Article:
Monday, June 27, 2011

The Business of Love is Cruelty -REDUX, Dean Young

I'm going to do something a bit different and come back to this last poem, and write it up some more. Re-examining this piece in terms of craft has been quite the learning curve!! - wanna join me?? The reason being, for one of his shorter pieces, there is just so much more I'm noticing that is so effective. I focused more on content and meaning earlier, but some of his technique is so intriguing, because I didn't much understand what exactly is at work here. Some could definitively label it, but I just know it works and very well indeed. Doing this Remo type Napo is sucha blessed learning experience, in the parsing out, and in reading the feedback and gleaning further from that (I also find I've easily written some decent drafts as a direct result, bonus). So my focus now is on the lovely musicality of these sections of extended analogy of his Acting out of his vindictive Cruelty. In a different way, he is using contrast as a medium, because the section where he's describing the Act of Cruelty, he could easily have went for harsh mirroring sonics, used tonal and rhythmic disjunction to make the lines clunk; in describing an Act of ugliness, he could have mirrored uglyness. But no - he went a total nother way. It reminds me somewhat of the trademark film style of John Woo, and how he would take an unusually brutal scene,but instead of portraying it as such, he would slow it down, make it dance, literally, to music that would not be seen as appropriate to such brutality, employ artful cinematography to make the scene somehow visually beautiful in all its ugliness. (Think Reservoir Dogs, dancing to "Stuck in the Middle With You"). mother kneeling and
she's kneeling and somehow I know

exactly how to do it, calmly,
enunciating like a good actor projecting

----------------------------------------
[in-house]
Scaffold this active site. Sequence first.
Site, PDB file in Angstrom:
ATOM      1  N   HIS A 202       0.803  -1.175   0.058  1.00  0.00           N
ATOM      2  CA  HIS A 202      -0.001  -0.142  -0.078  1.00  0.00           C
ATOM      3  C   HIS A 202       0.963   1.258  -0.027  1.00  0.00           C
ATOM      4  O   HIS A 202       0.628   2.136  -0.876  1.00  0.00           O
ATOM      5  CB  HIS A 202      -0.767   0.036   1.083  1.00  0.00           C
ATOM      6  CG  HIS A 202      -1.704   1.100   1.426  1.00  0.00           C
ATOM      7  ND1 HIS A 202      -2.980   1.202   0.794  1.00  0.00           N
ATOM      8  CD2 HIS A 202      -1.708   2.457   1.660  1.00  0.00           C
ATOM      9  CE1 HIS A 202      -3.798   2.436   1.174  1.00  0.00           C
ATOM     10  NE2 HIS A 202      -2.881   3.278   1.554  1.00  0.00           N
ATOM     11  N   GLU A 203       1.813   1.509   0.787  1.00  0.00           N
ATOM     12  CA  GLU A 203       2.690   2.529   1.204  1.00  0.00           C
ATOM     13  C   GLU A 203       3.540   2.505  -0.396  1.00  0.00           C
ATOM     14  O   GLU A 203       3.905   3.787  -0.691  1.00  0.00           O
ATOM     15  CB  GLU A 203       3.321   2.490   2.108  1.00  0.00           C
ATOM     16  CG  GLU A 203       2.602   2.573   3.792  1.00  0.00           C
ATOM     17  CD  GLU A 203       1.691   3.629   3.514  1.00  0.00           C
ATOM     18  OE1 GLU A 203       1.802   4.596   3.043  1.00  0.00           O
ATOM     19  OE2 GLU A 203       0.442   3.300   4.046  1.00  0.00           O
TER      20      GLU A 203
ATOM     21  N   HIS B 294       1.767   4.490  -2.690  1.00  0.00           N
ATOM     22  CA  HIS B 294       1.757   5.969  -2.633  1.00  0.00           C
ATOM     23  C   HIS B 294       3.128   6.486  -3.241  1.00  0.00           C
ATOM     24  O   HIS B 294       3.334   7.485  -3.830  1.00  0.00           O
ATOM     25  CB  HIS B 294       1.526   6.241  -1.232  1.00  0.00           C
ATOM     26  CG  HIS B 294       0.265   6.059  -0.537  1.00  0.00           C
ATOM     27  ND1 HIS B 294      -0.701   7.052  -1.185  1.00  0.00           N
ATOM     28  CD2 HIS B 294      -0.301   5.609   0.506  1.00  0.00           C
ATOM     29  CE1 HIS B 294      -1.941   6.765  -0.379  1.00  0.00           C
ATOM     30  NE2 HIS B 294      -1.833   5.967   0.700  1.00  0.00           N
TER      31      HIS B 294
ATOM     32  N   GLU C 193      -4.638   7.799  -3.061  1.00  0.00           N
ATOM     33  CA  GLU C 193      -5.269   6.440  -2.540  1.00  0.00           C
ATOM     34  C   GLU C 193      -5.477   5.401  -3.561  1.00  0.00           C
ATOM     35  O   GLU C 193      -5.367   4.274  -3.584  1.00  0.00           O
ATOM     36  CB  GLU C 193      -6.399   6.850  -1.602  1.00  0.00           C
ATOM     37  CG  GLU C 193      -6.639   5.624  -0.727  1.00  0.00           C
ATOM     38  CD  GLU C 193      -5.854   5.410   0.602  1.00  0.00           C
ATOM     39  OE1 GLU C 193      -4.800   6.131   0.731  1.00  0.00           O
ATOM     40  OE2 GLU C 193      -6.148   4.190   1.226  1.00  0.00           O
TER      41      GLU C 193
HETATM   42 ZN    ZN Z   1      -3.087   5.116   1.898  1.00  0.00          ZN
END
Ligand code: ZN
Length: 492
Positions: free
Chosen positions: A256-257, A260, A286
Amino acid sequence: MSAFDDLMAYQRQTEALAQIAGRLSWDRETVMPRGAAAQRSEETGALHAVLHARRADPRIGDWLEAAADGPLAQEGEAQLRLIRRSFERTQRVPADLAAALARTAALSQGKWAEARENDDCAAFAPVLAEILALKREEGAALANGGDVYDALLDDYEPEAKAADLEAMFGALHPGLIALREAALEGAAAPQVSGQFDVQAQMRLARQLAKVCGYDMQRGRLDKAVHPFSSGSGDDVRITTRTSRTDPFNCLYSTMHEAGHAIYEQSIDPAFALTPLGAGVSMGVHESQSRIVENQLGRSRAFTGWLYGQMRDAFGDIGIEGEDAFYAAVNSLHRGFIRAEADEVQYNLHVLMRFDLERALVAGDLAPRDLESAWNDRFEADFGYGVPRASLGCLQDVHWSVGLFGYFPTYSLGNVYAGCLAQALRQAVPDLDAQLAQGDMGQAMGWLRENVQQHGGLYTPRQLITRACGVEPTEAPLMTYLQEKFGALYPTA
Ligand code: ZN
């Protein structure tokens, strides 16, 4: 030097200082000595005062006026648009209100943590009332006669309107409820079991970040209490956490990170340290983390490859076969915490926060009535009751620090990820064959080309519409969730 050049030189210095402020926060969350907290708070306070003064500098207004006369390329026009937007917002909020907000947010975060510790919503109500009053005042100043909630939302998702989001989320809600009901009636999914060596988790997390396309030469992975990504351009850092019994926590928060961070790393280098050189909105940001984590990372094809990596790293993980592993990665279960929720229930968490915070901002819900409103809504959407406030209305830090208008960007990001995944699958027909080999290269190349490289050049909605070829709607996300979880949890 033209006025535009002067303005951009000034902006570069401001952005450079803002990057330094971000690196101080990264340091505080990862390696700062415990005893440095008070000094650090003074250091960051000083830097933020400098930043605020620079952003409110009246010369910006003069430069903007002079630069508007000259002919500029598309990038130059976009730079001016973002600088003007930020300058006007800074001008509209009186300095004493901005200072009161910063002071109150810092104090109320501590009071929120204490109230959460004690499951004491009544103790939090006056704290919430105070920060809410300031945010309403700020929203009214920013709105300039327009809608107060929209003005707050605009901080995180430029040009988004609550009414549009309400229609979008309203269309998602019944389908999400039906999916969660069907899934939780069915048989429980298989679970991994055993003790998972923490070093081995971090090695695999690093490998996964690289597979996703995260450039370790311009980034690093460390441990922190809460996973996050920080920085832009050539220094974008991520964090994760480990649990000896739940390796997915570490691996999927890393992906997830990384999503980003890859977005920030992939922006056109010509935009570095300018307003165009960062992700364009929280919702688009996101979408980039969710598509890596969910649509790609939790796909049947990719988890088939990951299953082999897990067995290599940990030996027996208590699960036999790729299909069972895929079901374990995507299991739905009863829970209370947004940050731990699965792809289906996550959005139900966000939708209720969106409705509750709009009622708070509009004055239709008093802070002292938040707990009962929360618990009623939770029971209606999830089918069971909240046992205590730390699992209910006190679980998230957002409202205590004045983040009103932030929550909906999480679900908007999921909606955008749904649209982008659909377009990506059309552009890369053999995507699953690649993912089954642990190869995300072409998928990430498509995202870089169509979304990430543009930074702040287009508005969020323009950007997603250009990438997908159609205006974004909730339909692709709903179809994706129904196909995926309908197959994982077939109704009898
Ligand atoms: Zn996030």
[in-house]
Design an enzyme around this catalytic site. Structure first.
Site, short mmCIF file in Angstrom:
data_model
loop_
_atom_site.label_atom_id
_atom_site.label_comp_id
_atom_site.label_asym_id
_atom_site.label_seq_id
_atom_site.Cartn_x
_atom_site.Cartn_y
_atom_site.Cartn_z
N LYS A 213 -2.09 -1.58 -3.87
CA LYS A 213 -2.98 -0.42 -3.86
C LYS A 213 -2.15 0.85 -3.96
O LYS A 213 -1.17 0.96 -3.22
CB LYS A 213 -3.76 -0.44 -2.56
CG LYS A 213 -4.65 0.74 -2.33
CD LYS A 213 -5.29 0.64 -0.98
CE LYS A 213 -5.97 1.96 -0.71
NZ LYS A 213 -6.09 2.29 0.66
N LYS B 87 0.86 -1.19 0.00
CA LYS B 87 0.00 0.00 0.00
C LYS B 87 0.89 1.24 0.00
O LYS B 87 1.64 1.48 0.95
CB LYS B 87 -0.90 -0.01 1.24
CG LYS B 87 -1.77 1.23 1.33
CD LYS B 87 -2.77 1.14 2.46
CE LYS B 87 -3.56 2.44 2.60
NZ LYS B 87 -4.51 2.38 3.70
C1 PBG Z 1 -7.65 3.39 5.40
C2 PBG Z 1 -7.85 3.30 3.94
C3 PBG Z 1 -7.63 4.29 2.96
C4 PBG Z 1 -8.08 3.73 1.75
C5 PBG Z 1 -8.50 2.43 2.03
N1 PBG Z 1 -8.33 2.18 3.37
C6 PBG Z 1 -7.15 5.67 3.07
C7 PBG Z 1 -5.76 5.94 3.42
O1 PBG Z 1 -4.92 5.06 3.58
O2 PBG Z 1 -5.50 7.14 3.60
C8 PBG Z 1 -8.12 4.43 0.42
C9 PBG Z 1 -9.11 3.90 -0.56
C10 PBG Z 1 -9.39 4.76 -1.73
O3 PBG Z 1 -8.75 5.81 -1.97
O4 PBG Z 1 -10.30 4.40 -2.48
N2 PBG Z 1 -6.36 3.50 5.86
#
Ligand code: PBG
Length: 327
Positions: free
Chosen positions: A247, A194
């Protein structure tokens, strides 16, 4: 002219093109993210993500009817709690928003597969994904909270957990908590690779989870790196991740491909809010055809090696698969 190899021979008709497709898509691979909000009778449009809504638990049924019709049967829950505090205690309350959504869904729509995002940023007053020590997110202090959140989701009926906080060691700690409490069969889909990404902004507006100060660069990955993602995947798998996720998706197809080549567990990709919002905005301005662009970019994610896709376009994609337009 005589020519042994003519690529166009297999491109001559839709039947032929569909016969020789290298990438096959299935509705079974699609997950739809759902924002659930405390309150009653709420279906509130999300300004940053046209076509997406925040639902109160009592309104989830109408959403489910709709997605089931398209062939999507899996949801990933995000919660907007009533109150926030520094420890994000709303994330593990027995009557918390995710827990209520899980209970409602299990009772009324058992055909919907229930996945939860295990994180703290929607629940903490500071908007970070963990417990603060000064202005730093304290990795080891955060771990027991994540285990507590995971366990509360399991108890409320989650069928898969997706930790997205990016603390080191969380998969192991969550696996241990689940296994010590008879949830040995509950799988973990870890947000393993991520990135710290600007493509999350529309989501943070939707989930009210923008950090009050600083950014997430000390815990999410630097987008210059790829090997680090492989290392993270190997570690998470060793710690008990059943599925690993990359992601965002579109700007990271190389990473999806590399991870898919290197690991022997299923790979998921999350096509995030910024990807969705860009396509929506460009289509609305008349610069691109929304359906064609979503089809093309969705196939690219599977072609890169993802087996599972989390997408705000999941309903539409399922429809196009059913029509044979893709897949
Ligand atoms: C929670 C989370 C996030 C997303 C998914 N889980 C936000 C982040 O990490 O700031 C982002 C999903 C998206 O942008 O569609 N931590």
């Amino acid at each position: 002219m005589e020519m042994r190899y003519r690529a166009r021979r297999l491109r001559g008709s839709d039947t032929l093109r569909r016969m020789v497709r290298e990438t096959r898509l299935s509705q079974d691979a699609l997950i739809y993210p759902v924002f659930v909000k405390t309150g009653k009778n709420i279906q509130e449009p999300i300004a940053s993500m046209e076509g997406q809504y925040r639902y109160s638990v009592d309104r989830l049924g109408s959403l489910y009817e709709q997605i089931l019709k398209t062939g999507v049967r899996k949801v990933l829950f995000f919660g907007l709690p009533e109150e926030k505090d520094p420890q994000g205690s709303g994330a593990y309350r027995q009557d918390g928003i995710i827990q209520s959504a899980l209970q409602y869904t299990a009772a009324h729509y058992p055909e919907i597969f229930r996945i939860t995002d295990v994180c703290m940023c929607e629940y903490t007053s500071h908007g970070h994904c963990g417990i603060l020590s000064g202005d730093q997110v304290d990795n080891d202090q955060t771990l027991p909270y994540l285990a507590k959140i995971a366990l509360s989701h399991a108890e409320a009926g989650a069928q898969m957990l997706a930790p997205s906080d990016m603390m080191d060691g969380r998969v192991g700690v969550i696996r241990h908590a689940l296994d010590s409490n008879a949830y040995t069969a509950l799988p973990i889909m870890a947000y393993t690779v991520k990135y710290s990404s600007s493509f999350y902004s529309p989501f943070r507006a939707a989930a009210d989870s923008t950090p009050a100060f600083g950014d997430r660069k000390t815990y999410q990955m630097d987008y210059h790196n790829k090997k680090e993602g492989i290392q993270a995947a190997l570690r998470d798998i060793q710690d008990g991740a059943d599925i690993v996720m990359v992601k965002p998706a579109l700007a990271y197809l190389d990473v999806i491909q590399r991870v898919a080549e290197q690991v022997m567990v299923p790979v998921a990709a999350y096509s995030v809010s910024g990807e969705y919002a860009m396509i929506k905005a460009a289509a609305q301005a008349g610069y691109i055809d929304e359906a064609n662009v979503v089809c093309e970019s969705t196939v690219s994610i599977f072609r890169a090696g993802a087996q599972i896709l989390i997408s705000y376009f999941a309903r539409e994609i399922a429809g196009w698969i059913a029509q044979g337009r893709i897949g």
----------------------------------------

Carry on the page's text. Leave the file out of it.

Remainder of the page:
to the last row, shocking the ones
who've come in late, cowering

out of their coats, sleet still sparking
on their collars, a voice nearly licking
their ears above the swordplay and laments:
I hate you.

Now her hands are rising to her face.
Now the fear done flashing...

Notice the prevalent use of ing ending words. I'd somewhat noticed them, on subsequent reads, but they really popped when i finally read the piece aloud. I didn't know why this was so effective in creating such a theatrical effect, but I sure noticed it did. So I looked up the various ing-words and got a brushup in the difference between gerunds and participles. And also found this very helpful blog , that encapsulated the effect thus: "can be used effectively to add a sense of movement to poetry. To do this, the writer must pre-think (and often re-think) his choices of frequency and placement." And this encapsulates it more concisely than I could, so I shall end on that note.


  1. Hi Jeanne -

    Coincidentally, I've wanted to understand gerunds myself lately, and I'm working on something to add to your research. I'll post it here.

    I agree with you that he creates a dramatic effect in this excerpt. I'm happy to get an introduction to his work through your interpretations.

  2. I happy that you're happy. I'm loving this guys style, its so innovative and he has something important to say, thought provoking, always. Looking forward to your gerund research. Gawd, we are such writer geeks. Can you just hear us to most of the general world populace?! hehe

  3. Dean Young makes you look under what he says to what he doesn't. I know from the excerpts and from the title, that I am thinking, O.K. so what is the other side? What is behind the "I hate you?" The mother's side, that is. Her act(s) of cruelty in love. See, Young mentions fear. Whose? The mother's? The child's? And perfection. Is the child wanting to perfect the cruelty or was it the expectation of perfection that prompted the cruelty. The connection to Frankenstein's monster and the failure of that experiment makes me wonder. Young leaves enough out to make rethinking almost mandatory. Of course, I don't have access to the whole poem, so maybe the poem fills that in, but those are things, from what you give us that get me wondering. And yes, at pffa we are taught to avoid gerunds like the plague. Because of poets like Young, I am learning they can be very, very effective. He is amazing.